A drive to save three downtown parking lots packs the Westbrook City Council meeting on Monday. Robert Lowell / American Journal

Westbrook Mayor Michael Foley says a compromise is possible in the city’s controversial plan to do away with three downtown parking lots to make room for new housing.

“We believe there’s middle ground on this issue,” Foley said at a City Council meeting packed mostly with opponents of the development, although a number of residents who support the plan also attended.

Council Vice Chairman David Morse assured the crowd that “this is not a done deal.”

Attorney and Westbrook resident Andrew Broaddus speaks Monday to the Westbrook City Council. Broaddus has rallied opposition to plans to develop three downtown parking lots. Robert Lowell / American Journal

The city, with a free parking garage nearing completion at William Clarke Drive and Mechanic Street, put out requests last spring for proposals for multi-unit housing on two surface lots on Church Street and another on Main Street between two banks.

Proposals will go to the City Council in early 2024, Foley said. All plans will be subject to public hearings, council negotiation and approval.

Resident Andrew Broaddus, an attorney who has organized opposition to the plan, said residents fear the loss of the parking lots will negatively impact a church, a funeral home and businesses, along with their customers and employees and visitors to the city.


“The ripple effect will be felt for years to come,” Broaddus said.

But other residents at the meeting said the lots are needed for multi-story apartment buildings to ease the housing shortage impacting the city and the rest of the state.

Housing is more important than parking, said Liz Eisele McLellan, co-chair of Westbrook Community Housing Coalition.

“What we cannot do is prioritize parking over people, cars over community,” she said.

Lucas Schrage of Cloudman Street, program manager at the nonprofit Project Home agency in Portland, spoke in favor of Westbrook’s opportunity to build housing, as did Brad Richardson of Myrtle Street.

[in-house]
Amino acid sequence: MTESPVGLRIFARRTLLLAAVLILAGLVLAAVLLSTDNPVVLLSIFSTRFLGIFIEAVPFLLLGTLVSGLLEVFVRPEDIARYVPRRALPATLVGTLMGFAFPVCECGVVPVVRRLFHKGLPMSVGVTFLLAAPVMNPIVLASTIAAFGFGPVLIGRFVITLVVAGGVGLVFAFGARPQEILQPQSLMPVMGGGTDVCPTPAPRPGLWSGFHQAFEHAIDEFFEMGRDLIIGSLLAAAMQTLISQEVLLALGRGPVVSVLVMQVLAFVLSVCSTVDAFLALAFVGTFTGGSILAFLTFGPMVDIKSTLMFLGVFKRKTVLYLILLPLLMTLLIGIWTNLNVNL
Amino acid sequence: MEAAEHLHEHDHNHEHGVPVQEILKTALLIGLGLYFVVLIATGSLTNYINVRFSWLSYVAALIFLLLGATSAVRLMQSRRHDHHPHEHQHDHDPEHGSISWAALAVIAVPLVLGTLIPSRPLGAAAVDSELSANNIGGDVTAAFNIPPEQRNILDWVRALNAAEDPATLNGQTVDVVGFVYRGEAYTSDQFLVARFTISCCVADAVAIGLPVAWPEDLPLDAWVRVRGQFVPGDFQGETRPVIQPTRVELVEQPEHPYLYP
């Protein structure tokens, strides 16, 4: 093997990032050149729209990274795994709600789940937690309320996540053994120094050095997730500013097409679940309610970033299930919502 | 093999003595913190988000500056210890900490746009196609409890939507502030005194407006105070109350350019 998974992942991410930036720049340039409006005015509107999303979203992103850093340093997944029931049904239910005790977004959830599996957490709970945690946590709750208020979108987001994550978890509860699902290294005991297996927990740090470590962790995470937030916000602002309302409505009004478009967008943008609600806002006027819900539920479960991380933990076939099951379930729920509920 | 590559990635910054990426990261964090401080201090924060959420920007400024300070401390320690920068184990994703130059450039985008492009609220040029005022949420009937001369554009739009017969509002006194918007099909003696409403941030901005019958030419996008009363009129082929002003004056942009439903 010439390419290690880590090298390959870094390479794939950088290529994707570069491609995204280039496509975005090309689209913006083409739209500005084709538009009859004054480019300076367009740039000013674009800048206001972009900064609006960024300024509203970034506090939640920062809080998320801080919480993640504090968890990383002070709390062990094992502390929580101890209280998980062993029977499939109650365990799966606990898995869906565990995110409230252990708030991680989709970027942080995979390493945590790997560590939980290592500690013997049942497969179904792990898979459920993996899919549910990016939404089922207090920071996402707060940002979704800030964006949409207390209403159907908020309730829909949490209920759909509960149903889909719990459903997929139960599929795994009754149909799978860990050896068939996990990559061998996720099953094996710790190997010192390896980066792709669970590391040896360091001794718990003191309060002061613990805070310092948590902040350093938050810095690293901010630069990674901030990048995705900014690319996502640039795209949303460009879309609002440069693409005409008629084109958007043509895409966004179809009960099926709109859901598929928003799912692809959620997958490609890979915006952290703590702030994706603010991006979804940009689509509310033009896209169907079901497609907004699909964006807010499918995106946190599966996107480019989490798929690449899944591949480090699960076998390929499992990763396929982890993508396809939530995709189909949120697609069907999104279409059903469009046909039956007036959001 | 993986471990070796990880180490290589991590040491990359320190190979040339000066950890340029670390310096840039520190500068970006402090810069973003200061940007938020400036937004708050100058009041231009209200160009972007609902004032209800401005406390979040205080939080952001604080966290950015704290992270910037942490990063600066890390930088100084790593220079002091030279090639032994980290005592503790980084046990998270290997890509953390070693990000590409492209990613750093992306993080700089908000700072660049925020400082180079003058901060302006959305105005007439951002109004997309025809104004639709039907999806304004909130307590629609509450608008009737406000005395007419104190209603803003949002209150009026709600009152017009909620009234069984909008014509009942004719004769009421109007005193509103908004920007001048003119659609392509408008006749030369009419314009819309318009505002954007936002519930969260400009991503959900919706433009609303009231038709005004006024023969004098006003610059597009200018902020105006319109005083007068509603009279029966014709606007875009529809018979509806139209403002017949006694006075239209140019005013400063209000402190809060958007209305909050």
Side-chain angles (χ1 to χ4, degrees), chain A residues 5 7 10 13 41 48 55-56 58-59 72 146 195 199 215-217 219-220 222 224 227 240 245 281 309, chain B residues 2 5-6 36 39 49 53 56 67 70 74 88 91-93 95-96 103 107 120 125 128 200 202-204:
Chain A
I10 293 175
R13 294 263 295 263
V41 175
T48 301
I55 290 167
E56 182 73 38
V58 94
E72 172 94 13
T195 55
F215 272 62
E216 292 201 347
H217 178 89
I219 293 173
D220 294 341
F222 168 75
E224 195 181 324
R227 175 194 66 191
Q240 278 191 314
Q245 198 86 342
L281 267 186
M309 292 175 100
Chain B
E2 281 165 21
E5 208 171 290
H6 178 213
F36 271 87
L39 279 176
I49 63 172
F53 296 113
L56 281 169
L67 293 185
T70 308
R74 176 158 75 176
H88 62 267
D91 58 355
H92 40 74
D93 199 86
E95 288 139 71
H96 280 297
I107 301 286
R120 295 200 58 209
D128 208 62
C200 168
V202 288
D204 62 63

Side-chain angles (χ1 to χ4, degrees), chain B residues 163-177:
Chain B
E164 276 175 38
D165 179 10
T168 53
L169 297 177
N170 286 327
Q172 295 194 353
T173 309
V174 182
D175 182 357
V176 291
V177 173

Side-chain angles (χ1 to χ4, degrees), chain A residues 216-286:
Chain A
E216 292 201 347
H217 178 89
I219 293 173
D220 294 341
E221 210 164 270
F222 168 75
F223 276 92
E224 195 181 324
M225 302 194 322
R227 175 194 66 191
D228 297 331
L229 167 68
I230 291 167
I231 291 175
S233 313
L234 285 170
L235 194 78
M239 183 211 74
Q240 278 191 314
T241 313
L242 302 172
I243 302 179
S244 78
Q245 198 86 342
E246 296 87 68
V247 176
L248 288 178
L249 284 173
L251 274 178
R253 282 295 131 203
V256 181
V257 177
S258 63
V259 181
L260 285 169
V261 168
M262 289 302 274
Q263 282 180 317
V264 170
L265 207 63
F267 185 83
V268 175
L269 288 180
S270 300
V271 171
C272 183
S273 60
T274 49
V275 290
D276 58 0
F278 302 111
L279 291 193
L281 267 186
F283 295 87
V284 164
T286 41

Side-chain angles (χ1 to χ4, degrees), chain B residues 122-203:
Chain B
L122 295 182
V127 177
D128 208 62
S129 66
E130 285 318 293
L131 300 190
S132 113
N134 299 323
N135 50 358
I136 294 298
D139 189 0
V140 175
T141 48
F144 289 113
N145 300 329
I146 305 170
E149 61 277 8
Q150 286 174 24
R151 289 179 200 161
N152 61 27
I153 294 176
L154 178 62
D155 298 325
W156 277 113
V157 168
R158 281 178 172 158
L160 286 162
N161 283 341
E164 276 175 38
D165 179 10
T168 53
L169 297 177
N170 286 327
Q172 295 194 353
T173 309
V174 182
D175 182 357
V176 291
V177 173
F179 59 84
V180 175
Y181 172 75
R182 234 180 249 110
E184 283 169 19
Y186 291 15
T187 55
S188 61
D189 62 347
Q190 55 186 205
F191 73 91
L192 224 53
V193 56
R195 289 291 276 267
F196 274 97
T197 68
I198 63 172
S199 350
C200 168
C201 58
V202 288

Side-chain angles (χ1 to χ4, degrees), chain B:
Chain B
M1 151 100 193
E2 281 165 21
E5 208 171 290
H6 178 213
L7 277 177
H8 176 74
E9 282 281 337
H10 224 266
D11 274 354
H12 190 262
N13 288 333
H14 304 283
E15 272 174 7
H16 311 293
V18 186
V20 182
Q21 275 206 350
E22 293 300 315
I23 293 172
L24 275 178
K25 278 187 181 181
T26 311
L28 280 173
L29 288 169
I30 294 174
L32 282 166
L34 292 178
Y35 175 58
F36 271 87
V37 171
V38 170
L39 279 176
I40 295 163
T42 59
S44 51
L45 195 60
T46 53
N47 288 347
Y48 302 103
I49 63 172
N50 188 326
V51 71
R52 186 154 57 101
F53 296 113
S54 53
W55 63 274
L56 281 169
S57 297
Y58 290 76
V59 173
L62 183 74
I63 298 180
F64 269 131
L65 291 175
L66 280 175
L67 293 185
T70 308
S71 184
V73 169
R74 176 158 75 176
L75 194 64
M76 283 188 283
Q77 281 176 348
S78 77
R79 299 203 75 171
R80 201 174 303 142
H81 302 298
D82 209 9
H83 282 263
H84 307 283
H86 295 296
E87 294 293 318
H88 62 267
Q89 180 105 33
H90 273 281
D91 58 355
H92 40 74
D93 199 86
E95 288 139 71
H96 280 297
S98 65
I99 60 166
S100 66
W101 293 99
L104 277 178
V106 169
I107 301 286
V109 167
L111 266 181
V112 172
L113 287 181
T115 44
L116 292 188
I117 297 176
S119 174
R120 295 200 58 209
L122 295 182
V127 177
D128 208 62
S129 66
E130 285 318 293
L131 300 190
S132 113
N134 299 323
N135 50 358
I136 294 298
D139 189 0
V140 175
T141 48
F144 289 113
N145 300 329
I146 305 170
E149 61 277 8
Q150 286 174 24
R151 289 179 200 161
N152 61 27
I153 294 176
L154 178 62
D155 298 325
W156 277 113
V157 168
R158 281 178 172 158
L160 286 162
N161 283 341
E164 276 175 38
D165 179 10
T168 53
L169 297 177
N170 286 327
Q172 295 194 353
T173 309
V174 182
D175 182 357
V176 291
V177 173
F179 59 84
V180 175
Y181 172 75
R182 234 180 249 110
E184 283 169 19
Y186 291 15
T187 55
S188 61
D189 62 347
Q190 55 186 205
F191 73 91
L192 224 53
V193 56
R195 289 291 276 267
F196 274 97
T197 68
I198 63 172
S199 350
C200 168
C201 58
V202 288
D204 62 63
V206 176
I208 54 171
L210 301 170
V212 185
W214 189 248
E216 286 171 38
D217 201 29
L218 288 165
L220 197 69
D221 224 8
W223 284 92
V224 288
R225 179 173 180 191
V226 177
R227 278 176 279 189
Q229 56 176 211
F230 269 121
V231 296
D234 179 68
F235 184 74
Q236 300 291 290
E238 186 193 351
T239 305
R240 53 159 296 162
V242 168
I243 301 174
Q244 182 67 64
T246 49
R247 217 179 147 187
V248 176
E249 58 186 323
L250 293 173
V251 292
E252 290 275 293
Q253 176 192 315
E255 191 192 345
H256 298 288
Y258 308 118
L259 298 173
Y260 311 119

“I can think of no better place to build than downtown,” Richardson said.


The Rev. Scott Linscott, pastor of First Baptist Church Westbrook, in an email to the city read at the meeting, said he believes downtown housing would be good for businesses.

“The bottom line is we desperately need housing,” Linscott wrote.

Foley’s suggestion of a compromise didn’t go over well with Simon Snyder of Stroudwater Street. He said he doesn’t “have faith” in the city administration’s development plans. “I’m suggesting a thoughtful pause,” he said.

Tabitha Swanson, owner of the Swanson Group accounting firm at the corner of Church and Main streets, said her business would suffer if the parking lots are developed. Of her 5,000 clients, 20% are elderly, she said, and she fears she’ll lose their business if they can’t park nearby. She said she also could lose some of her 33 employees who would be uncomfortable walking to the parking garage at 11 p.m.

“I was very disappointed to learn this was happening with my business right there, my building right there, and no consultation and no discussion with me about it until it was a done deal, if that’s truly what’s happening,” Swanson said.

“This is not a done deal,” Council Vice President David Morse said, “not even close to a done deal.”

City Councilor Gary Rairdon said residents will have plenty of opportunity for public comment going forward. “Be informed, stay informed and be part of the process,” he said, and noted  that “we’ve never had the council (meeting) this full for three or four years.”

Suzanne Salisbury, co-owner of the Daily Grind coffee shop on Main Street, urged the city to look at other locations to construct housing. Salisbury, state representative in House District 128 and a member of the Westbrook School Committee, said the loss of the parking lots would impact her business and she doesn’t want her daughter walking to the shop from the parking garage at 5 a.m.

Carson Wood of Foster Street opposed developing the parking lots. “I don’t want my town to become an inner city,” Wood said.

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